In The News

February 18, 2021 In The News

In 1926, Harvard-trained historian Carter G. Woodson launched “Negro History Week.” Celebrated during the second week of February, it was designed to promote the study of African American contributions to the United States.

February 4, 2021 In The News

Maryland congressional Democrats are urging the leadership of the U.S. Postal Service to step in amid a flood of constituent concerns about mail delays, they said Thursday morning.

February 3, 2021 In The News

The Democratic members of Maryland’s congressional delegation called Wednesday on Gov. Larry Hogan to improve the rollout of the state’s COVID-19 vaccination campaign, citing frustration from constituents and local officials about inefficiency and inequity.

January 28, 2021 In The News

“…It was unlike anything I had ever seen before and just crazy. Words have consequences and we’ve been saying that for years, everybody has based on the words of Donald Trump…now we see what happens when it gets out of control. 

January 20, 2021 In The News

“We don’t know all that we’re dealing with and there are some things I can’t go over now,” said Mfume, who represents parts of Baltimore City, Baltimore County and Howard County. “I will just simply say that there is a threat. I believe most members of Congress are feeling secure. I do.”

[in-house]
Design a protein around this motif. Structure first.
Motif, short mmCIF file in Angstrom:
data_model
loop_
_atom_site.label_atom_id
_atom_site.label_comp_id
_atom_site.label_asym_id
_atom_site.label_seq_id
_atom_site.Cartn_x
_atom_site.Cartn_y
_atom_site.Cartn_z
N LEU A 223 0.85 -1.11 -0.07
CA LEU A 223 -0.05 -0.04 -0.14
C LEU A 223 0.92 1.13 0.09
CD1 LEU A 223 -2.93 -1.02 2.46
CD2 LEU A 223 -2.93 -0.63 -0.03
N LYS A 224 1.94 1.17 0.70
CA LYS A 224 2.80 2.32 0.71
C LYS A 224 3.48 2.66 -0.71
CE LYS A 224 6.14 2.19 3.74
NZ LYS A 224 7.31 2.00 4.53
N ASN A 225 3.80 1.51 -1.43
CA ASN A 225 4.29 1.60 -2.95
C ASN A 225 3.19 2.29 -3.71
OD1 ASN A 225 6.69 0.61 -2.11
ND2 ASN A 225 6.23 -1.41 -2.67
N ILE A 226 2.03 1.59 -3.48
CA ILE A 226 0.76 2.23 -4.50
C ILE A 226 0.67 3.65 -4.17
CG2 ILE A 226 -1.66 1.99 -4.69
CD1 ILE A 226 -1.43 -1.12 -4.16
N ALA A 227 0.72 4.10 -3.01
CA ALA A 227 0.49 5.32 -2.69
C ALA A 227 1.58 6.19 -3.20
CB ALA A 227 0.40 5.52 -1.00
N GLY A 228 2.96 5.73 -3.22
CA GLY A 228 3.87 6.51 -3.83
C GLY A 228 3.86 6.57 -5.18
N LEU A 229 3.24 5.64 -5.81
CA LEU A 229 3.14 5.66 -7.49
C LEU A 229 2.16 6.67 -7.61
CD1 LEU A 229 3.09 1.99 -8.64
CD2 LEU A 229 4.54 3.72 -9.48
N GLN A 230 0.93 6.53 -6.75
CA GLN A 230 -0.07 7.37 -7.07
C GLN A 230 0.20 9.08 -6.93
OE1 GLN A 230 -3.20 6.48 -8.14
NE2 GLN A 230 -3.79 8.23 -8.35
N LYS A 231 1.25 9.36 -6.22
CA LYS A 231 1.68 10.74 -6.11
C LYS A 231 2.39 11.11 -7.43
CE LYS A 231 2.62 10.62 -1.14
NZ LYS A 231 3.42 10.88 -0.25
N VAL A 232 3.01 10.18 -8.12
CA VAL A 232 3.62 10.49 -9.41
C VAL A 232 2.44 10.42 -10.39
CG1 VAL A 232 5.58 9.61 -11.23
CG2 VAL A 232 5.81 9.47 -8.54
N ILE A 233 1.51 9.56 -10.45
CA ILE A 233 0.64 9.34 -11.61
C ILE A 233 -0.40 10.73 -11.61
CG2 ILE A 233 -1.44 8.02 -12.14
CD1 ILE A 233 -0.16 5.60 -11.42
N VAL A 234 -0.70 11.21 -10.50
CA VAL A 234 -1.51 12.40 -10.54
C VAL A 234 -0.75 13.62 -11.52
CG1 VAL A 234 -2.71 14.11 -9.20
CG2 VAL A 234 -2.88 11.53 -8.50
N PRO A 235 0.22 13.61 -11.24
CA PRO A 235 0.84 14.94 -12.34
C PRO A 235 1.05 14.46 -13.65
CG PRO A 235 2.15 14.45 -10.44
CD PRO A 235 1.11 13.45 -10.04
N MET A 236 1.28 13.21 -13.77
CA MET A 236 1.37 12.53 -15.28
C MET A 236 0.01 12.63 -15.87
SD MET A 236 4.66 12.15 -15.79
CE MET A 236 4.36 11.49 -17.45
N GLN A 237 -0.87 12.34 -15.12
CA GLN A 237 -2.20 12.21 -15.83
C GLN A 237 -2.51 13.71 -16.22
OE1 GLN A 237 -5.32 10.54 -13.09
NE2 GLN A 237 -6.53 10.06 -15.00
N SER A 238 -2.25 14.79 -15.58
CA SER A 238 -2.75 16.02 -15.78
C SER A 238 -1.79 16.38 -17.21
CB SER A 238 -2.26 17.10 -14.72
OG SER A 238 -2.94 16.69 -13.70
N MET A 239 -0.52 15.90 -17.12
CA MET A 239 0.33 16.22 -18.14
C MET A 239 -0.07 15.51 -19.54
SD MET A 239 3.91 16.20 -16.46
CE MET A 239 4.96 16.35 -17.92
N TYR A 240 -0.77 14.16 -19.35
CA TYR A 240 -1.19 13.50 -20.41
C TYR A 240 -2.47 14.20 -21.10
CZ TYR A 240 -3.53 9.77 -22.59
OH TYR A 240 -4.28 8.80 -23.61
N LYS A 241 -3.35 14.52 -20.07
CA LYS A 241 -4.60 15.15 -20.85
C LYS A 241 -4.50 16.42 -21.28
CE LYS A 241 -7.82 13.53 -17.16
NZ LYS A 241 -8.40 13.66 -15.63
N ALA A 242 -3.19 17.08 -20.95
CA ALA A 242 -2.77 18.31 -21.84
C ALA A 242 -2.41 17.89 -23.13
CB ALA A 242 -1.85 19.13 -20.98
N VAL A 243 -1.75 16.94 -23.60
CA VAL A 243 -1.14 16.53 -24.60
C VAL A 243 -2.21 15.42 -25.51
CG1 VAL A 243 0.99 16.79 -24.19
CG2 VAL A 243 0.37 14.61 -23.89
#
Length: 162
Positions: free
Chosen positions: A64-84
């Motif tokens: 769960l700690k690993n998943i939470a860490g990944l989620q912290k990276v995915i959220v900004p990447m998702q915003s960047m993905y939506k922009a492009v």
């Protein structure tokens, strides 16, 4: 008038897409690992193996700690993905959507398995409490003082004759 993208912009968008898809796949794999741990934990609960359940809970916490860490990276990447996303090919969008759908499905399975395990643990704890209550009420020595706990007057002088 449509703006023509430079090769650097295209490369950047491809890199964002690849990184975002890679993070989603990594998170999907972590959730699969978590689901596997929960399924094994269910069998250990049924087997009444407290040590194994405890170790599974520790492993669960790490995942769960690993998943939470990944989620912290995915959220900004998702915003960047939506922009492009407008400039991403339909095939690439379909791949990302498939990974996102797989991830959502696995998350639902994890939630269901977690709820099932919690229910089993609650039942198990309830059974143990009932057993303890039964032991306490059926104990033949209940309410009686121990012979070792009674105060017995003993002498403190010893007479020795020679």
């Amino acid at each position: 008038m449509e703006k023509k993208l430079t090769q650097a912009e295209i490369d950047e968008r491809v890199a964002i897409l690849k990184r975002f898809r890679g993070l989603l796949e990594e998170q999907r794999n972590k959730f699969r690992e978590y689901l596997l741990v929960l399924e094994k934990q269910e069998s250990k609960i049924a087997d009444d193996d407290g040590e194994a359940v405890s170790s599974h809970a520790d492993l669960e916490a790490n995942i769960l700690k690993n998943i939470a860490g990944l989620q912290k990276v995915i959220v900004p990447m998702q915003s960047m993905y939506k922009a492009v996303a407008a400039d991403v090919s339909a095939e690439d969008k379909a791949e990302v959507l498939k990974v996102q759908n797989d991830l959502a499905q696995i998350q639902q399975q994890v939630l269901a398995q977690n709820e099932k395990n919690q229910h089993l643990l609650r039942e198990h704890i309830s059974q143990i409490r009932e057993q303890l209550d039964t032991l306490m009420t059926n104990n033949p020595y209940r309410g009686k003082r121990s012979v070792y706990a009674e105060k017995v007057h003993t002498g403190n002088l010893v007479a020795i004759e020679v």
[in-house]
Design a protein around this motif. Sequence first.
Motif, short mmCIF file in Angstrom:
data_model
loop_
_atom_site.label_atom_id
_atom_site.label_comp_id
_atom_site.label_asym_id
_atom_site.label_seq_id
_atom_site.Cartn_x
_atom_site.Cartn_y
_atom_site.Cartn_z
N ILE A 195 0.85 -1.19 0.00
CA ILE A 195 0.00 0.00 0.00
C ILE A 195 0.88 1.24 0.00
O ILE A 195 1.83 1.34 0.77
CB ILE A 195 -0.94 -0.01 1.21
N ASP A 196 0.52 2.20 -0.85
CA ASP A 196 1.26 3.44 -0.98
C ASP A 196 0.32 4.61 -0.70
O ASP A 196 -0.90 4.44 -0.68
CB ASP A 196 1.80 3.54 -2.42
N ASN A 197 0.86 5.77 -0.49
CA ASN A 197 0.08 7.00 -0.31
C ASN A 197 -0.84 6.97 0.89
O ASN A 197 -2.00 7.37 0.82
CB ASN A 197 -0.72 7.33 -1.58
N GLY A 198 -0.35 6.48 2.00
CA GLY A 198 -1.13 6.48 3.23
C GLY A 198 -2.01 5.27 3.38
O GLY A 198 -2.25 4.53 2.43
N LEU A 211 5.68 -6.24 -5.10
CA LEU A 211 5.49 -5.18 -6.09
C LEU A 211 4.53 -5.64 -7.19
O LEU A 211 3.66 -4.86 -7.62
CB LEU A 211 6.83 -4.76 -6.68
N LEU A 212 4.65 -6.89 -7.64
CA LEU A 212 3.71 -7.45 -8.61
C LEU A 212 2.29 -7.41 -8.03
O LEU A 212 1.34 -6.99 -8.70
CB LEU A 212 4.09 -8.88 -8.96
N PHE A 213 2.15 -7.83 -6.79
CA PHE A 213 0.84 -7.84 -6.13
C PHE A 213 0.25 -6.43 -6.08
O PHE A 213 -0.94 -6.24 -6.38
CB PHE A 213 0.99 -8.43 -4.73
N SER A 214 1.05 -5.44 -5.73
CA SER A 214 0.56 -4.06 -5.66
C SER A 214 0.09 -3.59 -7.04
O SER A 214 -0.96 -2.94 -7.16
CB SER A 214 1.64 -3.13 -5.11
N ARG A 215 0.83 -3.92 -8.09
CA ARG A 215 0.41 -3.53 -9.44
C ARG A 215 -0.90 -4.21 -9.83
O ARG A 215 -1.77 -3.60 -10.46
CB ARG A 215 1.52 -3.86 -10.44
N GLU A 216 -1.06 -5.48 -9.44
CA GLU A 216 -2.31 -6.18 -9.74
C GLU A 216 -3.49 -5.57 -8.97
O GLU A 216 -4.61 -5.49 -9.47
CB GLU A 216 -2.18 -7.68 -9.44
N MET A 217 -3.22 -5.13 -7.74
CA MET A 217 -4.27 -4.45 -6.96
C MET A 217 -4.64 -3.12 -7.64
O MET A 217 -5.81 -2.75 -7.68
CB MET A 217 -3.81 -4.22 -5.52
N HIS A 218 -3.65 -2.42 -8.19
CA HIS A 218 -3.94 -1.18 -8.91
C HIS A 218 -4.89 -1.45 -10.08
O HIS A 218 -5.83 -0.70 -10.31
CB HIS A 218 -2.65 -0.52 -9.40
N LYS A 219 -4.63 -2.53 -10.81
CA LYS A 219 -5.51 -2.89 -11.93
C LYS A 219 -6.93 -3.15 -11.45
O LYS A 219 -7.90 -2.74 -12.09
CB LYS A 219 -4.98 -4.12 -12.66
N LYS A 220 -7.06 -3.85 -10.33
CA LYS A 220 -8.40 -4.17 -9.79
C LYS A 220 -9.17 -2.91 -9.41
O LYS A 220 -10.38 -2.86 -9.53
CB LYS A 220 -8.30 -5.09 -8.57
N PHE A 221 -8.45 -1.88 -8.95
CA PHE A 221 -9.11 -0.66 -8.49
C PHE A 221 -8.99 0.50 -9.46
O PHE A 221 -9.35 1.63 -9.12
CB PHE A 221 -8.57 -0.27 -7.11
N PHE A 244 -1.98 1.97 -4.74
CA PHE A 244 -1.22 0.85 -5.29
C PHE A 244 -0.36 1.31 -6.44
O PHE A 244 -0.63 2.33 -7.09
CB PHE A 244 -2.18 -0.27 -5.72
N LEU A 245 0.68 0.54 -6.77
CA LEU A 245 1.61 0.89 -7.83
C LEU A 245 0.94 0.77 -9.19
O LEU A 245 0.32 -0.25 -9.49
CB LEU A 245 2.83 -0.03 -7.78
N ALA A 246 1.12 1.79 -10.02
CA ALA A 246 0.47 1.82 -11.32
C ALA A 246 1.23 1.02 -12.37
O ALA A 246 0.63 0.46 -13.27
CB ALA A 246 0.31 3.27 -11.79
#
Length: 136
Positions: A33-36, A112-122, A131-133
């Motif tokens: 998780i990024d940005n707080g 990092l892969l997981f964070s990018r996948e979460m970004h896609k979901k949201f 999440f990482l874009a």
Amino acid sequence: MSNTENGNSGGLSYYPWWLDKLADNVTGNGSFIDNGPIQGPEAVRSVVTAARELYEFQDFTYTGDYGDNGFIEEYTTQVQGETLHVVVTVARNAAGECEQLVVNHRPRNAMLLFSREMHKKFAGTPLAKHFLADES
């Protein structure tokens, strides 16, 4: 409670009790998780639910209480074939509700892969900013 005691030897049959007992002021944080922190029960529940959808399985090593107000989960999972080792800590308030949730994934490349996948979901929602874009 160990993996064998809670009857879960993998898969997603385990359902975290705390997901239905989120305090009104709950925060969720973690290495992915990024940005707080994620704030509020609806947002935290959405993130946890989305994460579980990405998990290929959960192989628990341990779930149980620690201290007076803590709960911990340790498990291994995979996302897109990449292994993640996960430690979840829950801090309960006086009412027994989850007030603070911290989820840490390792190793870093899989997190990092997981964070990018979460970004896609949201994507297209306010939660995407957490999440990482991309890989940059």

January 6, 2021 In The News

Kweisi Mfume’s return to Capitol Hill after two-plus decades out of elected office is more than a second act. It’s like his fifth. Overcoming a troubled youth, Mfume was elected to the Baltimore City Council in 1978. Eight years later, he went to Congress, eventually giving up his seat to helm the NAACP.

December 17, 2020 In The News

Last week, the Henrietta Lacks Enhancing Cancer Research Act passed the House of Representatives.  The bill, which was first introduced by the late Elijah Cummingsm in 2019, aims to increase African American participation in clinical trials and address r

December 15, 2020 In The News

Congress paid homage to a local hero this week with the passage of legislation named for Henrietta Lacks. The House of Representatives passed the “Henrietta Lacks Enhancing Cancer Research Act” in honor of the African-American woman from Turners Station, who died in 1951, at 31 years old from cervical cancer and is popularly referred to world-wide as the “Mother of Modern” medicine.

December 15, 2020 In The News

Congressman Mfume joins C4 and Bryan Nehman on WBAL 1090/FM 101.5 to provide updates on COVID-relief, the Henrietta Lacks bill and much more.